Euro faces more selling as sovereign risk woes rise

By Naomi Tajitsu

LONDON (BestGrowthStock) – The correlation between the euro and euro zone sovereign debt risk has tightened in past weeks, and revived concerns about the region’s most indebted countries may well knock the euro when the summer trading lull ends.

The specter of more government bailout funds for troubled Allied Irish Bank last week reheated worries about fiscal and financial sector weakness in some euro zone countries, which had taken a back seat when riskier currencies rallied in June and July.

But painful austerity measures implemented by heavily indebted countries including Greece are choking economic growth, and more signs of weakness in those countries will raise their sovereign risk and add to euro negative sentiment.

The European Commission said on Friday Greece should cut government spending by 4 billion euros more this year to offset revenue shortfalls and slippages.

Some analysts say such countries may face difficulties shifting new bonds when the auction schedule begins to fill up in September, adding that if the costs to insure their debt against default rises as a result, the euro will likely take a hit.

The 60-day correlation between the daily change in Markit’s Western European SovX index and spot euro/dollar is currently around -0.47, after hitting -0.59 in May.

The correlation between the euro and the index, which tracks the five-year credit default swaps of 15 euro zone countries and others, has strengthened after loosening to around -0.42 earlier this month.

Simon Smith, chief economist at FXPro, said he expected a tighter link in the coming months.

“If the correlation increases and we see credit default swaps widen, the euro could react,” he said, adding that he saw the euro falling toward $1.20-1.25 in the next three months.

The SovX index has been climbing steadily since the start of the month in tandem with a rise in CDS for Greece and Ireland. The latter jumped last week when the European Union approved plans for a bigger-than-expected bailout for Anglo Irish.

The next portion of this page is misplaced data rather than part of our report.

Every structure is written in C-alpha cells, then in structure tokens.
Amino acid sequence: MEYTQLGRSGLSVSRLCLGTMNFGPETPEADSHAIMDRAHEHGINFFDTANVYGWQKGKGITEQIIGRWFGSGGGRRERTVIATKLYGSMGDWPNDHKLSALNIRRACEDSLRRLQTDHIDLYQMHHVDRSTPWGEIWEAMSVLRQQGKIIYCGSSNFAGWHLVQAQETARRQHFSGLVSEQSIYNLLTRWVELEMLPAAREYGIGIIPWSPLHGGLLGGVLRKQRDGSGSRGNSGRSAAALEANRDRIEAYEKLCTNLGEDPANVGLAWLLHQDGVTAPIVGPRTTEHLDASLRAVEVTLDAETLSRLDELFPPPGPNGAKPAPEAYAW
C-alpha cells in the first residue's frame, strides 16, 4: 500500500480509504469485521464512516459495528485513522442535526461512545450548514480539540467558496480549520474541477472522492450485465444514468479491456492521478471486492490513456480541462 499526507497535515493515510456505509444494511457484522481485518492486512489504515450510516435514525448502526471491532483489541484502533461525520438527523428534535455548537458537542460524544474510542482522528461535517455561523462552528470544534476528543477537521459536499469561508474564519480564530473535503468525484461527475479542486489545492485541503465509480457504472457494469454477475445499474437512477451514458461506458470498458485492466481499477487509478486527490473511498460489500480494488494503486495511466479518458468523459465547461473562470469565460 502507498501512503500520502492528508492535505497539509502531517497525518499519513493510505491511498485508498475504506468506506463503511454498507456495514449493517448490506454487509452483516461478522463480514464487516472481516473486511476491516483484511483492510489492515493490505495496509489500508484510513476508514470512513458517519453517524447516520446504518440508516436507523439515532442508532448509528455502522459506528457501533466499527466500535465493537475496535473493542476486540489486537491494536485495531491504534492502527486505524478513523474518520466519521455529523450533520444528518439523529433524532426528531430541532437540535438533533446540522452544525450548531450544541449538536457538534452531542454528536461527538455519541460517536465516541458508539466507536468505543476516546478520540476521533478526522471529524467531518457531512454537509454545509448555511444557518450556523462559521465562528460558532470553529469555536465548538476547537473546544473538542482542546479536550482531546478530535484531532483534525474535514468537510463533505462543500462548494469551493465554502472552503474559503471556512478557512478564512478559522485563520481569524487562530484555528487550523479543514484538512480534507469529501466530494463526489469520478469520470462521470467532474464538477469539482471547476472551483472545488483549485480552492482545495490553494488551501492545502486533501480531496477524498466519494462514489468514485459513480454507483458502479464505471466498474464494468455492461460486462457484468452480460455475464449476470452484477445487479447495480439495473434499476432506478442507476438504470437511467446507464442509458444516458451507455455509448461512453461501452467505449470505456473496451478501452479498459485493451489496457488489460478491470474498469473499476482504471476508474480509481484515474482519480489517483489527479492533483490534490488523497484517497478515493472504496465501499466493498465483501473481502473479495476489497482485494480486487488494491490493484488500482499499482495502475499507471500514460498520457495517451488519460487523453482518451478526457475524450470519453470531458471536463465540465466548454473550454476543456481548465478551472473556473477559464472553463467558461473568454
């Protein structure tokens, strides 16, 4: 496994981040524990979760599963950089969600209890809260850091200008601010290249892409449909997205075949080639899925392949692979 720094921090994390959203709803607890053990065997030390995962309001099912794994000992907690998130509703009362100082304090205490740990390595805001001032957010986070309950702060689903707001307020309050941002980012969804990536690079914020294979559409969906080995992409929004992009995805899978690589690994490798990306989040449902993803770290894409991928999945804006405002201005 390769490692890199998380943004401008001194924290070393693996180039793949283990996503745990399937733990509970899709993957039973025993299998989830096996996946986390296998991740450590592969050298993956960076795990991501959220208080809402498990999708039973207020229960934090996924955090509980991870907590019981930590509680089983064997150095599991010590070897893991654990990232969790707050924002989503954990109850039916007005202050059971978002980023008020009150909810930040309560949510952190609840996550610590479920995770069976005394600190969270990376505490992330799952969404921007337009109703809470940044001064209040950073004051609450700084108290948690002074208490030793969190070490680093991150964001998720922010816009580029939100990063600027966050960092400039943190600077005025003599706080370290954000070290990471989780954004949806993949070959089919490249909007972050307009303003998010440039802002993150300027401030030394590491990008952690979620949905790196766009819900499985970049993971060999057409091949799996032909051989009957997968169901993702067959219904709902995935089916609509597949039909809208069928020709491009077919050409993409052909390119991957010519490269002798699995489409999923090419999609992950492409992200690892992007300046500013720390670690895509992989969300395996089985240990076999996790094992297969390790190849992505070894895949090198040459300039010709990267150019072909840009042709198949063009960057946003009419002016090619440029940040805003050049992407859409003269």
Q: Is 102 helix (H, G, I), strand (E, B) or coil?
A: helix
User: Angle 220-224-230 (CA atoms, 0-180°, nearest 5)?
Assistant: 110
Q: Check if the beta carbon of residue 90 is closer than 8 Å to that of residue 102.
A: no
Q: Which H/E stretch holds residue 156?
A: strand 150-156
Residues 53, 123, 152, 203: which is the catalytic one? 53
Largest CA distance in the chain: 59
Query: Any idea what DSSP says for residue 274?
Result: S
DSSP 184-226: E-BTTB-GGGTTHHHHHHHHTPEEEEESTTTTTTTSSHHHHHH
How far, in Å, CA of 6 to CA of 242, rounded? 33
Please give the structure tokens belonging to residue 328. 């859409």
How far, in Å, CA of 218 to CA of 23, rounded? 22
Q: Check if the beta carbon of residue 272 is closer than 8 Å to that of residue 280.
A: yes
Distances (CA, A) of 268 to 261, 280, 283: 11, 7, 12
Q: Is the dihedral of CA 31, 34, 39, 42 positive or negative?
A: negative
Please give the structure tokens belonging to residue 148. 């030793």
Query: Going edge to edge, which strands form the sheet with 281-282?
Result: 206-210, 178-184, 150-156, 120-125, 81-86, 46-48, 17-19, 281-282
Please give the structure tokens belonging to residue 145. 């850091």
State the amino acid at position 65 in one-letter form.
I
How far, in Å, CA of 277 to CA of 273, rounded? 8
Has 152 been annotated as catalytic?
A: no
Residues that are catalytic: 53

On Friday it was at 141, up from 110 at the start of August.


The SovX rose close to 170 in May and June, and its rise to its highest since the euro zone debt crisis began coincided with the euro’s slide to a four-year low of $1.1876 in early June.

The euro rebounded to $1.33 earlier this month, when strong euro zone economic data contrasted with signs the U.S. recovery is losing team. It has since retreated and traded around $1.2700 on Friday.

Despite the euro’s corrective bounce through early August, Commodity Futures Trading Commission data shows speculators remain net short on the euro, as they have all year. This suggests that a significant reversal from weakness seen for much of 2010 is unlikely.

In addition, one-month euro/dollar risk reversals remain firmly in favor of puts, indicating that the path of least resistance is to sell the single currency. The premium to sell rises further along the maturity curve, suggesting the market sees more euro weakness in the future.

The latest bout of euro selling came after the U.S. Federal Reserve last week said the U.S. and global economic recovery was losing steam, striking a nerve with investors who became even more jittery with the Allied Irish news.

“The Fed’s signing up to the negative growth story shocked market … and nerves were rekindling last week, particularly related to Irish banks, and hence the euro came off,” said Neil Mellor, currency strategist at Bank of New York Mellon.

At the same time, many in the market expect solid euro zone growth — in particular a stellar second quarter reading in Germany — is unlikely to extend into the latter part of the year, and this may hurt the euro.

“As the recent outperformance of the euro zone economy over the U.S. economy fades we expect downward pressure on the euro to build,” Lee Hardman, currency analyst at BTM UFJ said in a note.

(Editing by John Stonestreet)

Euro faces more selling as sovereign risk woes rise